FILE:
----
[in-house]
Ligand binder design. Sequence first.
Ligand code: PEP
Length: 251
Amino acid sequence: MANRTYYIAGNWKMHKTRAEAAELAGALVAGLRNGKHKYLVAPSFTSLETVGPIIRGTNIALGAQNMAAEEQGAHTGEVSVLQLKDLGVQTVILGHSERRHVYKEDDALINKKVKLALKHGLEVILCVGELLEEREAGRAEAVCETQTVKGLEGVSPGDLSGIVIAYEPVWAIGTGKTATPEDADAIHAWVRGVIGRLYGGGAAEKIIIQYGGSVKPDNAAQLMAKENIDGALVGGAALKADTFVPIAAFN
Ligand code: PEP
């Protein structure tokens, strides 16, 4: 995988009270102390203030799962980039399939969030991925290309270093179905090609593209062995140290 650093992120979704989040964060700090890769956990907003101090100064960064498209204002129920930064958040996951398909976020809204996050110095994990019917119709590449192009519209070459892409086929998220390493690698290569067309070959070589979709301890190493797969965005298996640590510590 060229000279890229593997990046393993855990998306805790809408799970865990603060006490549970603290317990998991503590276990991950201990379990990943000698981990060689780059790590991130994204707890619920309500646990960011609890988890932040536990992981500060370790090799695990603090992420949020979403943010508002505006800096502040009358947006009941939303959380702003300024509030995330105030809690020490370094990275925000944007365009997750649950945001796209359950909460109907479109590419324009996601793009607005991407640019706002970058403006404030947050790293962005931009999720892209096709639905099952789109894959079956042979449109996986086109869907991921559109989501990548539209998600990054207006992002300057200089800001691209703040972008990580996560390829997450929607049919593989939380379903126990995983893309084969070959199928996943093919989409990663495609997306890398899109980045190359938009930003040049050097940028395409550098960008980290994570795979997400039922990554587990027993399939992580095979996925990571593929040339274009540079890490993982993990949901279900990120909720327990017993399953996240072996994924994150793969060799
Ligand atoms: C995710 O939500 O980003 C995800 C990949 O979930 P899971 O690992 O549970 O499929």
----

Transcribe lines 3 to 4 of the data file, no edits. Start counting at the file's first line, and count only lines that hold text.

Ligand code: PEP
Length: 251